Malaysia

BN admits to wrongful use of ISA in the past

By Clara Chooi
April 17, 2012
Latest Update: April 18, 2012 02:52 am

KUALA LUMPUR, April 17 — The ruling Barisan Nasional (BN) government admitted today to having used the Internal Security Act (ISA) in the past for “wrongful reasons” but urged their detractors to look forward instead of dwelling on history.

Minister in the Prime Minister’s Department Datuk Seri Mohamed Nazri Aziz said this in the Dewan Rakyat today when repeatedly pestered to comment on the allegedly “biased” arrests of opposition politicians during the infamous 1987 Operasi Lalang incident.

“On the 1987 incident... those are incidents that we will not repeat, that we do not want to see repeated.

“But we look ahead and not dwell on matters of implementation (of the ISA) at the time,” Nazri (picture) told the House when winding up the debate on the second reading of the Security Offences (Special Measures) Bill 2012.

The veteran Umno minister was also forced to deflect several accusations levelled against his party president and Prime Minister Datuk Seri Najib Razak, who was the party’s Youth chief when the government launched the 1987 ISA dragnet on opposition leaders.

Interjecting, Karpal Singh (DAP-Bukit Gelugor) demanded the minister explain why Najib had not been arrested for allegedly issuing a racially-charged threat to “bathe the keris (dagger) in the blood of the Chinese”.

“The Umno Youth chief, who is today our prime minister, said clearly after unsheathing his keris that this keris must taste Chinese blood.

“Why wasn’t he detained under the ISA?” Karpal asked to loud shouts of disapproval from across the floor.

Nazri immediately stood up to refute the DAP chairman’s remark, which has often been repeated in the media, blogs and political speeches on the 1987 incident, and told the House that the allegation was untrue.

“This did not happen. I was there, I know what he said. It did not happen,” he said repeatedly.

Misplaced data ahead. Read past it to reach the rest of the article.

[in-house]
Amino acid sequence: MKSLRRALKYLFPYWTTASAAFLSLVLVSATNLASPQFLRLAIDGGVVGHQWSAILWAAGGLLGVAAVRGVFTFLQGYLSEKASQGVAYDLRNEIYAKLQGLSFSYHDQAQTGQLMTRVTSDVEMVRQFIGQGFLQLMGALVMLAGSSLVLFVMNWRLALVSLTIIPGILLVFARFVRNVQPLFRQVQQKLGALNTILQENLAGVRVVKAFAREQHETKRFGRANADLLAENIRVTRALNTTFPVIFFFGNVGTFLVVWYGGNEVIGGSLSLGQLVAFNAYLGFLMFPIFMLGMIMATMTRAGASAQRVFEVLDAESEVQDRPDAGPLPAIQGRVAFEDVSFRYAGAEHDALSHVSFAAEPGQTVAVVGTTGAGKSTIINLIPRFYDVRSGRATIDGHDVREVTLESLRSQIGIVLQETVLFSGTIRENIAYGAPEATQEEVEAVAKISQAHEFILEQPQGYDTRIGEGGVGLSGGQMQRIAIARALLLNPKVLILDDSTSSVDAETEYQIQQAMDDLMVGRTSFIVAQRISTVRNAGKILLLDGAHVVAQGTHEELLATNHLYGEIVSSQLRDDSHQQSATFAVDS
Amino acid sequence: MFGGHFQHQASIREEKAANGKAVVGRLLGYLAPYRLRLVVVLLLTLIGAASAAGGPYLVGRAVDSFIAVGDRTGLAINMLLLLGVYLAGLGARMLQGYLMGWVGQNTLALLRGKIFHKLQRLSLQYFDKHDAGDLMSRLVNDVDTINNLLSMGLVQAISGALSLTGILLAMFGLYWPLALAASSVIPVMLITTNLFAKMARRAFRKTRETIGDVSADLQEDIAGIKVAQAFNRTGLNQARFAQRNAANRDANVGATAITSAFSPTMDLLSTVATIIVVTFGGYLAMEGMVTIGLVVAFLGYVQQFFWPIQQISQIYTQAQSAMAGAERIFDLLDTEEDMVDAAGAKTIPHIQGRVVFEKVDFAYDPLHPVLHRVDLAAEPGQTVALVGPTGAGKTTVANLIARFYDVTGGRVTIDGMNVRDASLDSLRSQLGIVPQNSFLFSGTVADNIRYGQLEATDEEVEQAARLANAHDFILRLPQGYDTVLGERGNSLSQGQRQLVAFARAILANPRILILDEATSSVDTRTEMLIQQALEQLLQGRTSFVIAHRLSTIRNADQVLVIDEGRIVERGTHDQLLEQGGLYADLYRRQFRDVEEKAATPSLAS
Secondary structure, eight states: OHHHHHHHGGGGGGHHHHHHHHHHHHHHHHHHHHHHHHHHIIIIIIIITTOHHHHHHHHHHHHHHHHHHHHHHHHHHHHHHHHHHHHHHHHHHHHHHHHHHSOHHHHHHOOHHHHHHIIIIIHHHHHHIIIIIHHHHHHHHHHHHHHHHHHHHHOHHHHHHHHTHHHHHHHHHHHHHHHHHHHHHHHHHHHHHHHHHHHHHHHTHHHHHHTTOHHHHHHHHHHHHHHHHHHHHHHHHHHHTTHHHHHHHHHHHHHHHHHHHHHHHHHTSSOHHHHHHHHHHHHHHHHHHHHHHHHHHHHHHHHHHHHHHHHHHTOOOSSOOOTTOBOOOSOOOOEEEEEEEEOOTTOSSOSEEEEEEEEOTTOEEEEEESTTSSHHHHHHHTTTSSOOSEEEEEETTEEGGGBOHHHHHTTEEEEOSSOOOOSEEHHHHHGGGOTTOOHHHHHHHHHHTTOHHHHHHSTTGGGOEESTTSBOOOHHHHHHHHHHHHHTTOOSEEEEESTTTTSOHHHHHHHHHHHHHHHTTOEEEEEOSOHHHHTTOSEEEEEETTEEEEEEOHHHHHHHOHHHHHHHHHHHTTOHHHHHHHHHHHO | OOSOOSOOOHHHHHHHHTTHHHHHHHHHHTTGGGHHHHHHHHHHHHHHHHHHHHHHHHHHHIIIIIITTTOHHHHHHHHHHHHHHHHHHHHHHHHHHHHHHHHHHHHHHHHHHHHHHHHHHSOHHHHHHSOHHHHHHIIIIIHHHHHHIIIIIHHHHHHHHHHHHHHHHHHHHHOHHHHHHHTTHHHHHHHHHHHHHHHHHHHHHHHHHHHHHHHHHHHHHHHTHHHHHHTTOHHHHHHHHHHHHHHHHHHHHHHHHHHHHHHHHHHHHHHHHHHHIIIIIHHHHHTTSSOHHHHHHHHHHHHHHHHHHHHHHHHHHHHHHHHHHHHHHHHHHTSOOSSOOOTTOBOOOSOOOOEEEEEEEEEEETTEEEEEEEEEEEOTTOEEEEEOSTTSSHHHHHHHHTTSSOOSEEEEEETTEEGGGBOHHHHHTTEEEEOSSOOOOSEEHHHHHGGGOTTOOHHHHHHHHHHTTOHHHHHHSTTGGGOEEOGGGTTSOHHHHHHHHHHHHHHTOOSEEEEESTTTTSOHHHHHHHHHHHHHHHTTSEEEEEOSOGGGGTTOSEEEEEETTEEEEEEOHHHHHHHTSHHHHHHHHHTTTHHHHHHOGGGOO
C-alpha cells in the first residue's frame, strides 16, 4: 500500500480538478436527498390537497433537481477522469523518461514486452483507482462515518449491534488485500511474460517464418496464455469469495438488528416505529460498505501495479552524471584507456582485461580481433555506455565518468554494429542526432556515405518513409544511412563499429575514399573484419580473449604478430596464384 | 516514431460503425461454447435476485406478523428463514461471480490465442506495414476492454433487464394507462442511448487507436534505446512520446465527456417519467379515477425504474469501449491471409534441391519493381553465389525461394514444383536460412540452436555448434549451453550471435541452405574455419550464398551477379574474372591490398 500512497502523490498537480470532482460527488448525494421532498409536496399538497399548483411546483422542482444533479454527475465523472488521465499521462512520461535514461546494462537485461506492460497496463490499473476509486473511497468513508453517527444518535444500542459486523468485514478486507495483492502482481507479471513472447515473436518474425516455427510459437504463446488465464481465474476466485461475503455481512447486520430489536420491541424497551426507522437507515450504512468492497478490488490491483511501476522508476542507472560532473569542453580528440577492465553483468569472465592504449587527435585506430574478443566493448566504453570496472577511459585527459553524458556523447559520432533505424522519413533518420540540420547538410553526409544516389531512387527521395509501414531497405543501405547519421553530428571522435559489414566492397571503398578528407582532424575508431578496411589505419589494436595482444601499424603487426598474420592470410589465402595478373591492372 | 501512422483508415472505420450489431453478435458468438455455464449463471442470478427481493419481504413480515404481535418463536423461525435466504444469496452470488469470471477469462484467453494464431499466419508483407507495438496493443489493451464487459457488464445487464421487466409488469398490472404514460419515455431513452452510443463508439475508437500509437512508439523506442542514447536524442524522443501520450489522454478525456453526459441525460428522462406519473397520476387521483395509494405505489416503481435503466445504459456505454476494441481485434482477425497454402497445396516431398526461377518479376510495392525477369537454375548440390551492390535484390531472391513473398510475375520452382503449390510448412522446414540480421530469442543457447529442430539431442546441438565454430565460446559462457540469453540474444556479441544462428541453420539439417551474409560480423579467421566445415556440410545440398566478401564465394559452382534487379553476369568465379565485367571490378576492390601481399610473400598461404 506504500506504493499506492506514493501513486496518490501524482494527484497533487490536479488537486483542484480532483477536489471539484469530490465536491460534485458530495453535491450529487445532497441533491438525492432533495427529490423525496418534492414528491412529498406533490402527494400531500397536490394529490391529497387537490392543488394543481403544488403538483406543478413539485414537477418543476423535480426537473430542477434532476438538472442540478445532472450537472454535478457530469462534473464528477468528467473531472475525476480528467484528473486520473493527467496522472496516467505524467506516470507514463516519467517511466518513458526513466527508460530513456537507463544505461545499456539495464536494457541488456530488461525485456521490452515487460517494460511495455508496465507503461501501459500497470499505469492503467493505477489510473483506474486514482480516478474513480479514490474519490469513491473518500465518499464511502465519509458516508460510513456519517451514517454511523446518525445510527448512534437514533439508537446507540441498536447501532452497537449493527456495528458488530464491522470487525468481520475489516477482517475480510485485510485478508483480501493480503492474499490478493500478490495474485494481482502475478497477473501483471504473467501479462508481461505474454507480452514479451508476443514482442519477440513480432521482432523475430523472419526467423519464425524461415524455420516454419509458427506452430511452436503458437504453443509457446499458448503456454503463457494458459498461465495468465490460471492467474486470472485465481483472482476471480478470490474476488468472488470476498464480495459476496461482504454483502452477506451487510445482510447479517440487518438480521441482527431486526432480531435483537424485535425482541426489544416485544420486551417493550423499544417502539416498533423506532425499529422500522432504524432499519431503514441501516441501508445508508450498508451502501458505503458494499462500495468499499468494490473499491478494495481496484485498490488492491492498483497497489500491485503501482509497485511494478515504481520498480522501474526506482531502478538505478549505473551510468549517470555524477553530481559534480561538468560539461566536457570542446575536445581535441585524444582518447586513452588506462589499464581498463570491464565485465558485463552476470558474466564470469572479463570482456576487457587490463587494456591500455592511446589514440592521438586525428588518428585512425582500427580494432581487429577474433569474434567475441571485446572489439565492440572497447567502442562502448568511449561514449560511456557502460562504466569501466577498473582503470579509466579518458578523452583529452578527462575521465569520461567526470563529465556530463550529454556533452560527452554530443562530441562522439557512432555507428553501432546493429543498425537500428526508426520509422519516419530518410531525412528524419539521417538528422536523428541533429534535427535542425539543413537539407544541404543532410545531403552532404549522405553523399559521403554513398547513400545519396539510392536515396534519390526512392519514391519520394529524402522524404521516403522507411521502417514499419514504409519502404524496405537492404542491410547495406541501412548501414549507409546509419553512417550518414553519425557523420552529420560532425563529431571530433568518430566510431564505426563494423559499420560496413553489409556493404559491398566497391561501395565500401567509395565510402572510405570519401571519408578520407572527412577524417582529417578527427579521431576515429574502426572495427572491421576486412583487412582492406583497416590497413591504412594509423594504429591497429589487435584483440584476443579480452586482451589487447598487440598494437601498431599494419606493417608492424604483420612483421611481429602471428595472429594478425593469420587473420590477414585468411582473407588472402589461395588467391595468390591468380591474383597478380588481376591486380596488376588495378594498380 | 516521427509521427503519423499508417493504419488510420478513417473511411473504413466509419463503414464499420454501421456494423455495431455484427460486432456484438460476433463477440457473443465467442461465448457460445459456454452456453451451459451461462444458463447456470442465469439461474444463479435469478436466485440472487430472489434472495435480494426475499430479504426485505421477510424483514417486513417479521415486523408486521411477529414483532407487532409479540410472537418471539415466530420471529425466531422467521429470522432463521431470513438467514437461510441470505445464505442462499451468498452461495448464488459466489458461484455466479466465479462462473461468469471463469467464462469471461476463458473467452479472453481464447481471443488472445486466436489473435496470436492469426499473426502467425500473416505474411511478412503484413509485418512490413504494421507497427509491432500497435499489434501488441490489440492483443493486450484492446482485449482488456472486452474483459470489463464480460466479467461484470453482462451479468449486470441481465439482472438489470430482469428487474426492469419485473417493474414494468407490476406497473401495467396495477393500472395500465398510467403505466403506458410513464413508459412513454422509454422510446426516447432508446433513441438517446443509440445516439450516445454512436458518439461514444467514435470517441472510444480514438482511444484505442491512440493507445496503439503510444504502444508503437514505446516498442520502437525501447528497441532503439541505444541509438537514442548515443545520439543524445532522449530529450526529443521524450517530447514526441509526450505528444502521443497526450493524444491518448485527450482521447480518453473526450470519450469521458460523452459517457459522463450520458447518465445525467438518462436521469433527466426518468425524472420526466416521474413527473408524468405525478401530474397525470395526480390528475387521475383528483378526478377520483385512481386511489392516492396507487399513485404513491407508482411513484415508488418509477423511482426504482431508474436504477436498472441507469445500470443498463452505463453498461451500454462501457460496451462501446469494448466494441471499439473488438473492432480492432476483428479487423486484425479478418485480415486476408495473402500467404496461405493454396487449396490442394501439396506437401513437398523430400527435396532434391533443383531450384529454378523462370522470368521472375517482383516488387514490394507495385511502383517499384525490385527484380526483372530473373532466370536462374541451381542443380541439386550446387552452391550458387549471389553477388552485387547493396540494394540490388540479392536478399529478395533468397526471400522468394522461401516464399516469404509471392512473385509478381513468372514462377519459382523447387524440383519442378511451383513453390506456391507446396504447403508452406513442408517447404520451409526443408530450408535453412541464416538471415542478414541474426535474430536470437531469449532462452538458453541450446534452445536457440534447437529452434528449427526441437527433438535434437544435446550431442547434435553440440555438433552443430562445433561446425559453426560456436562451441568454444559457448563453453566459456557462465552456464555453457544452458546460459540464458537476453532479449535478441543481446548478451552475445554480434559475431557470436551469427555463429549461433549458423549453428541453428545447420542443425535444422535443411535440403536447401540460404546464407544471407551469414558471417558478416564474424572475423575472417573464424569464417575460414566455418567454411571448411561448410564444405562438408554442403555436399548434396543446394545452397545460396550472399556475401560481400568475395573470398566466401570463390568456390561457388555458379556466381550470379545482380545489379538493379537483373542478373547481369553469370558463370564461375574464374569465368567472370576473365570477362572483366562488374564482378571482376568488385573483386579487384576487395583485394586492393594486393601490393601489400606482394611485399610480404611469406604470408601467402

Ops Lalang was launched on the morning of October 27, 1987, to clamp down on social activists and opposition politicians. Two dailies and two weekly newspapers were shut down and 106 people were arrested under the ISA at the time.

Nazri noted that when the controversial ISA was first enacted in Parliament in 1960, then prime minister Tun Abdul Razak Hussein, Najib’s father, had pledged that the law would not be used to punish individuals for their political leanings.

Quoting Tun Razak, Nazri said the ISA was meant to, “safeguard the security of the country and not to punish persons for crime. A person is detained for what it is considered he may reasonably be expected to try to do but not for what he is proved beyond doubt to have done.

“He is detained because he represents a risk to the security of the country and not because he is a member of a lawful political party. The Government has no desire whatsoever to hinder healthy democratic opposition in any way.

“This is a democratic country and the government intends to maintain it as such. It is the enemies of democracy who will be detained”.

But, admitted the Padang Rengas MP, this pledge may not have been adhered to throughout the years following the ISA’s enactment, leading to numerous wrongful detentions.

“But now, this guarantee has been codified in the law. No one can be caught under this law solely for their political activities or affiliations. So, it is no longer just a guarantee, it has been enshrined in this law,” he said.

Responding to criticisms on the 28-day detention allowed under the new law, Nazri said this was not considered “detention without trial” but merely a period to allow investigation, much like the 14-day period allowed for under the Criminal Procedure Code.

“And this (28-day) period has its sunset clause,” he said, referring to a provision in the Bill that states the period must come under review once every five years.

The Security Offences (Special Measures) Bill was mooted by the Najib administration to replace the controversial ISA and among others, removes the government’s right to detain a person without trial.

Under the new law, a police officer is allowed to detain a person for up to 28 days for the purpose of investigation, unlike the two-year “detention without trial” period allowed for under the ISA.

Nazri also told the House, in response to a suggestion by Opposition Leader Datuk Seri Anwar Ibrahim during the latter’s debate on the new Bill, that the Royal Malaysian Police already has a special counter-terrorism unit tasked specifically to handle terrorism financing.

“This unit has been in operation for a long time and is currently carrying out investigations and is monitoring militant activities in this country,” he said.

The Bill was passed by the Dewan Rakyat after committee stage debates this afternoon.